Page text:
Swahili is a Bantu language spoken in many parts of East Africa. Much of the language, like other languages in the world, was developed with words from other languages incorporated into its vocabulary. Kiswahili, as it is called in Swahili, incorporates words from Arabic, Indian dialects, English, German, and other languages.
Bantu words consist of a unique sentence structure called STOVE: Subject, Tense, Object, Verb, Ending. By changing any of these components, the meaning of the "word" changes. For example:
Ninaandika (I am writing.)
Ni is the subject, na is present tense, and andika is the verb and ending.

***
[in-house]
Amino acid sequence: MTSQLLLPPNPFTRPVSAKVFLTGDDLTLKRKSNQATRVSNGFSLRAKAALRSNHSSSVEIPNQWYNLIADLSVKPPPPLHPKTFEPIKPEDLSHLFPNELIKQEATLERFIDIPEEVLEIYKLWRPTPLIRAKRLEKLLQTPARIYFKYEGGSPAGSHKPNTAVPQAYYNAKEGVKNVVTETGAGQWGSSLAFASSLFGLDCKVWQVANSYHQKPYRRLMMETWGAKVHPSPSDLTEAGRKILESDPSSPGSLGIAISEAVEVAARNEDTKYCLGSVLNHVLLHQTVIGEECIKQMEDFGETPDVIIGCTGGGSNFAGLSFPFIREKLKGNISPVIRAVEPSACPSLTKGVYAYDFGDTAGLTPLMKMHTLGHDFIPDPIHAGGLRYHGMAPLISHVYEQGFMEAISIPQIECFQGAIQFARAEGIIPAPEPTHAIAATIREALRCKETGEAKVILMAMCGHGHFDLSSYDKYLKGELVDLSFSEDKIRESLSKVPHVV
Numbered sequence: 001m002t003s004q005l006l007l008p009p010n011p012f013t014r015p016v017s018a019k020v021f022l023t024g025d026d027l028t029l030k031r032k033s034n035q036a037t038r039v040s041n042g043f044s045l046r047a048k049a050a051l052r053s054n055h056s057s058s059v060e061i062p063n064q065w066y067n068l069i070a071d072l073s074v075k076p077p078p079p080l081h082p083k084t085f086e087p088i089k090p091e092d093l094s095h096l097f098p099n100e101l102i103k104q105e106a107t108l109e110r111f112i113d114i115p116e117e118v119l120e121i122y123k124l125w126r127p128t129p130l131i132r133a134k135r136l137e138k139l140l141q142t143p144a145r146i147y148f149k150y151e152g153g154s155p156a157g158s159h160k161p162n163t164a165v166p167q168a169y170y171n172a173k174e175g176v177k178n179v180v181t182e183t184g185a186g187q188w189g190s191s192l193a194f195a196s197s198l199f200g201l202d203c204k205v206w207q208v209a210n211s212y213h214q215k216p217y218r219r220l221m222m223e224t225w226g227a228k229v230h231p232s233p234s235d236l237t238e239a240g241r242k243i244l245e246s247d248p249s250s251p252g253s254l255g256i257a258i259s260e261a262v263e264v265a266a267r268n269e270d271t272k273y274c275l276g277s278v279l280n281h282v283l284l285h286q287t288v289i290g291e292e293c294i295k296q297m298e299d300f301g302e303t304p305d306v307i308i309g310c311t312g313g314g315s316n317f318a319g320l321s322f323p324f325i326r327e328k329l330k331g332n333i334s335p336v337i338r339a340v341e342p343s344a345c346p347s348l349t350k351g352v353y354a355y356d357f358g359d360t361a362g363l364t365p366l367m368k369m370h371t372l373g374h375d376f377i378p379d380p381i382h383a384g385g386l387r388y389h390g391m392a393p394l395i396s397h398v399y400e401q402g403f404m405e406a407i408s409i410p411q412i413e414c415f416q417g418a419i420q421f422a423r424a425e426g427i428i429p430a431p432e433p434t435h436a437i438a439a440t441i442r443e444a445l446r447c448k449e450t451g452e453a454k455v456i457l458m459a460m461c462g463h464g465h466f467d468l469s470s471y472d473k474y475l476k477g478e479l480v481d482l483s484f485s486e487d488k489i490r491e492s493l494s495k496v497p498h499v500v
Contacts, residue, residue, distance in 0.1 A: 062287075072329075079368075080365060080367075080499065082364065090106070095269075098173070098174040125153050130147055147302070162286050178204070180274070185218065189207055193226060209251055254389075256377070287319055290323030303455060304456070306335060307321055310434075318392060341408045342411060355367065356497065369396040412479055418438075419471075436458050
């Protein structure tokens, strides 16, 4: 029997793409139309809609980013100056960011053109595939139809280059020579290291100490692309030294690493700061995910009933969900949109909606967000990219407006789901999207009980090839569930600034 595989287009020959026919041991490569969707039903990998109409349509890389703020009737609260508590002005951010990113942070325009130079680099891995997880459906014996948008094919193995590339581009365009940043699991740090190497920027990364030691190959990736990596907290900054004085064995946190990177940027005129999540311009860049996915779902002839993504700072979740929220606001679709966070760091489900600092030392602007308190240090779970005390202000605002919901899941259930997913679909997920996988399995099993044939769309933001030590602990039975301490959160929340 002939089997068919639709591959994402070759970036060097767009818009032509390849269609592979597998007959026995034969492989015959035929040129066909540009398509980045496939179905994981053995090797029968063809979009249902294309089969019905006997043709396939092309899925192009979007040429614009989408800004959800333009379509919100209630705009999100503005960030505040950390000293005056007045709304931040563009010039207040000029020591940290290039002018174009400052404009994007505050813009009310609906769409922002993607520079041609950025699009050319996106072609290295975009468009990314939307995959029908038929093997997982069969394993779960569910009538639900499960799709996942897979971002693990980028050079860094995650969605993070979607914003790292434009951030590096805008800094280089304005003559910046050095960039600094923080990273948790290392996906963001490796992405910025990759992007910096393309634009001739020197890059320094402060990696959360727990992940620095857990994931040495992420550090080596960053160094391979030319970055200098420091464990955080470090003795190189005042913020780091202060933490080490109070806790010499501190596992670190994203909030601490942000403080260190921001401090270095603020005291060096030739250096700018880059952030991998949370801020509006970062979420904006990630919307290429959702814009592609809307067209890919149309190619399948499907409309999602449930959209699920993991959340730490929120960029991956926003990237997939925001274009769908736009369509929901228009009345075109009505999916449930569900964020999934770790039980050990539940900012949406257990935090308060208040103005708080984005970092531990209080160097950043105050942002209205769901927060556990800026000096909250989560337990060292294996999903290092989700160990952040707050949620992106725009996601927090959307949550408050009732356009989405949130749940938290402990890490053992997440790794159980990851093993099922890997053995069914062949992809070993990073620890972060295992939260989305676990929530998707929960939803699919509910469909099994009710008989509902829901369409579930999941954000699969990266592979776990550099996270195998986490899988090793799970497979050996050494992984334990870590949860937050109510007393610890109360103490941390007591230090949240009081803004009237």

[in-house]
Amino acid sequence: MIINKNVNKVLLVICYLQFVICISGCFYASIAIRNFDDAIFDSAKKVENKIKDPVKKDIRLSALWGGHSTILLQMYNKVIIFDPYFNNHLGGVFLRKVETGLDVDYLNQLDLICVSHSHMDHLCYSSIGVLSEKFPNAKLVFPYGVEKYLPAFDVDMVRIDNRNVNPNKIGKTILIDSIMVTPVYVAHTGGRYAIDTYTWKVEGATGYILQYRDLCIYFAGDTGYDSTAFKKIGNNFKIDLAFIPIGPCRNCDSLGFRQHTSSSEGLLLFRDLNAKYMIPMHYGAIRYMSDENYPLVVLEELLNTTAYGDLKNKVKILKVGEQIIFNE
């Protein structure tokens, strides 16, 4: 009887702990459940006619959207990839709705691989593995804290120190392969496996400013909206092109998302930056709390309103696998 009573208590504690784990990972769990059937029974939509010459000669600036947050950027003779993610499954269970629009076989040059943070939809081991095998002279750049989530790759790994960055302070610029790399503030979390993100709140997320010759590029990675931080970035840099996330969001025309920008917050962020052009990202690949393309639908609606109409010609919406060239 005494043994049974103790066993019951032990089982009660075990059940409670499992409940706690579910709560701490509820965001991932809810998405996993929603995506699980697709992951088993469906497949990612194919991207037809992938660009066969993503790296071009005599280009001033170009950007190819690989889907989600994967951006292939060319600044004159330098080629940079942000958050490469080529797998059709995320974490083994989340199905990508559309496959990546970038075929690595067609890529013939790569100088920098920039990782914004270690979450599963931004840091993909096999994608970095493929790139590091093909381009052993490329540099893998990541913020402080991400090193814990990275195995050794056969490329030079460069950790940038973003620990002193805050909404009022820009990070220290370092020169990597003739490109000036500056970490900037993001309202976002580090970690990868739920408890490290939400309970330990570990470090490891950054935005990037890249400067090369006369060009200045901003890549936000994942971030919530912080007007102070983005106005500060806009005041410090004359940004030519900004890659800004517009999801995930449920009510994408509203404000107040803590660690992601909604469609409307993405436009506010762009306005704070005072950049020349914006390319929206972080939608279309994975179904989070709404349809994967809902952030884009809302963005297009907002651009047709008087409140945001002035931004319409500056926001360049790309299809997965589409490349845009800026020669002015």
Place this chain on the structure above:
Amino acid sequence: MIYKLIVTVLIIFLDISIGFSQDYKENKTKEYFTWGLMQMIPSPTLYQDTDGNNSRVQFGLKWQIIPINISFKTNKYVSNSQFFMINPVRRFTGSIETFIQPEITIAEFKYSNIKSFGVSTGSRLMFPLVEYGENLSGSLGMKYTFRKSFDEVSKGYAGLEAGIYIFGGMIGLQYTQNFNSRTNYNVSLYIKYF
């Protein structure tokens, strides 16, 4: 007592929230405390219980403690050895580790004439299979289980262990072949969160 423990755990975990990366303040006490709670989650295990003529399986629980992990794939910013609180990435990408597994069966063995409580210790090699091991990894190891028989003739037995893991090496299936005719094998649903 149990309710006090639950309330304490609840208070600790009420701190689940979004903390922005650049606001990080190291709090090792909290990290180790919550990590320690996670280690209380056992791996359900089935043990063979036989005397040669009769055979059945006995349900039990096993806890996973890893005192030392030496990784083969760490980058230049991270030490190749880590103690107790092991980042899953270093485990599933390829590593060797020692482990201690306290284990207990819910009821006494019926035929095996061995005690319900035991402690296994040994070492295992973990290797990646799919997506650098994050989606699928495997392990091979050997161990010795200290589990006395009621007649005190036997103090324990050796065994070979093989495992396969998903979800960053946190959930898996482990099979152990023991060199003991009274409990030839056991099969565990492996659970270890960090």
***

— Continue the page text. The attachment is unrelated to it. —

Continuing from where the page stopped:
Changing the Ni to U (Unaandika) becomes (You are writing.)
Changing the na to li (Niliandika) becomes (I wrote.)
To make a negative, the change would be Ni becomes Si, na is dropped, and the a at the end becomes i. (Siandiki) (I did not write.)
There are other tenses and things not addressed here, such as the use of the object.
This page and the links I have chosen are not meant to replace a course in Swahili, nor are they all inclusive. The main purpose of this labor of love is to introduce the non-speaker to the Swahili language and to provide links to materials which I and others have collected. Hopefully, this will give the reader an interest in East African culture, language, and, mostly, the wonderful people.
Debi (Bi Maneno)
Yemi, this is for you!
Shikamoo Mwalimu. Asante sana. Umenionyesha hatua ya kwanza.
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